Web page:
Wednesday, 11 February 2015

BBC says no Party Election Broadcast for Mebyon Kernow

It is with great sadness - but not a great deal of surprise - that I have been informed by the BBC Trust that they will not be allowing MK to have a Party Election Broadcast at the forthcoming General Election.

The Trust has chosen not to change its existing guidelines that, to get a PEB, Mebyon Kernow would need to stand in one-sixth of the seats in “England.”

In its representation, Mebyon Kernow rightly pointed out:

“We consider this recommendation, which would deny Mebyon Kernow airtime, is both absurd and undemocratic. How can it be fair that MK, a Cornish political party, would need to stand in all six seats within the historic nation of Cornwall, as well as a further 83 seats outside of Cornwall, in order to be allowed a broadcast?

“We believe it is wrong to exclude a political party from being allowed a PEB when it is standing in all constituencies reasonably available to it. By contrast, the recommendation would mean that political parties in Northern Ireland, Scotland and Wales would only have to stand in three, ten and seven seats respectively. This has meant that, over recent elections, a host of political parties – including the Christian Party (Wales), Scottish Green Party, Scottish Socialist Party and the Scottish Trade Union and Socialist Coalition – have all been allocated airtime.”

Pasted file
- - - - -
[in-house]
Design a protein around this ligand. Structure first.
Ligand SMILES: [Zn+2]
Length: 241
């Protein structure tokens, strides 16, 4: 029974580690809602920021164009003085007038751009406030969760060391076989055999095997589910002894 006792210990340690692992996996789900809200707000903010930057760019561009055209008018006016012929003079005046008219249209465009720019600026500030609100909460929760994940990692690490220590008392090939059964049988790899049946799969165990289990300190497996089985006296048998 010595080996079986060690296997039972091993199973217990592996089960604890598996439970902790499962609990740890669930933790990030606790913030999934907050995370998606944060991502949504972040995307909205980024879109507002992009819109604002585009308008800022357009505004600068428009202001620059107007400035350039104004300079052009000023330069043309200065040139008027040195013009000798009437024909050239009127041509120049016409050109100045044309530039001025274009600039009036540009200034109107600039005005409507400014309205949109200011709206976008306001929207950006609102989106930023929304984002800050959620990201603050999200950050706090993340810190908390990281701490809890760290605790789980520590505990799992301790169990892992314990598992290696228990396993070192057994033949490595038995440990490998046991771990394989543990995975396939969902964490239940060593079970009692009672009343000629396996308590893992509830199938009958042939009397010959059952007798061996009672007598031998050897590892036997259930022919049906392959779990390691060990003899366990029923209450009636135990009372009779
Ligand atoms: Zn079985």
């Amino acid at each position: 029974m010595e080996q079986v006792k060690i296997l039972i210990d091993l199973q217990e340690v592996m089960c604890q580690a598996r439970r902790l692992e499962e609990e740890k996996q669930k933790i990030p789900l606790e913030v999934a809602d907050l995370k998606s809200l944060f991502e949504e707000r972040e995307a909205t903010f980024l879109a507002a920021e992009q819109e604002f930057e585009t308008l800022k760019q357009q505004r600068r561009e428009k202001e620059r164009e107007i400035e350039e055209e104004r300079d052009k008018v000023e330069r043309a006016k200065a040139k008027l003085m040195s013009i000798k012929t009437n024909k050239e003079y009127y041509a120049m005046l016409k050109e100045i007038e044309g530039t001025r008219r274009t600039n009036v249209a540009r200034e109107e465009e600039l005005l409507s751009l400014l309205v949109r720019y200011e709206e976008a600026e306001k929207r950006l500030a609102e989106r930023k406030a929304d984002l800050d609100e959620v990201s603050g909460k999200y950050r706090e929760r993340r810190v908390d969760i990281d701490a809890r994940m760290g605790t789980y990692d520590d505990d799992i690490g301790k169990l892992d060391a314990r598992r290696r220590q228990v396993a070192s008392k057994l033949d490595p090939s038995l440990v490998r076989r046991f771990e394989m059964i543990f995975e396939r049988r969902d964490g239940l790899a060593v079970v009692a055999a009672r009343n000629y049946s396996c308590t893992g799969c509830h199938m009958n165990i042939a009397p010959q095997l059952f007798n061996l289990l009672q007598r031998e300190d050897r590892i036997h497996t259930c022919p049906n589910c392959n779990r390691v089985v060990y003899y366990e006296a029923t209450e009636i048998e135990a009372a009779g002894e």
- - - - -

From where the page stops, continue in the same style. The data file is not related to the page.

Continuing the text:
The decision of the BBC Trust was as follows:

The Committee considered whether, in light of the relevant information before them, including the responses received in the course of the consultation, the comments of the Executive, and confidential and privileged legal advice, the draft Allocation Criteria needed to be amended to allow for regional broadcasts generally, or specifically to allow Mebyon Kernow to have access to a PEB. The Committee's conclusions on the specific issues raised by this question were as follows.

The Committee recognised that, given that the broadcasting region and the hypothetical electoral region do not match, there would be substantial “overspill”, i.e. that voters outside the areas where Mebyon Kernow candidates are standing would receive any regional PEBs, including from parties for whom they could not vote, and this would risk discrediting PEBs, creating viewer and listener indifference, and inducing “PEB fatigue”. They also recognised that where there is no match there is the risk that viewers and listeners within the regional electoral area would not be within the broadcast area in which the regional PEB could be received. It was noted that Cornwall is much smaller than the relevant BBC television broadcasting region (the South West), and applying the threshold criterion to the South West would still not qualify Mebyon Kernow for a PEB. The Committee also took into account, in considering whether the criterion should be amended, the information available about the level of electoral support for Mebyon Kernow, which it did not consider to be substantial (as substantial electoral support might, in theory, suggest it should qualify for a PEB if the one-sixth threshold criterion were removed).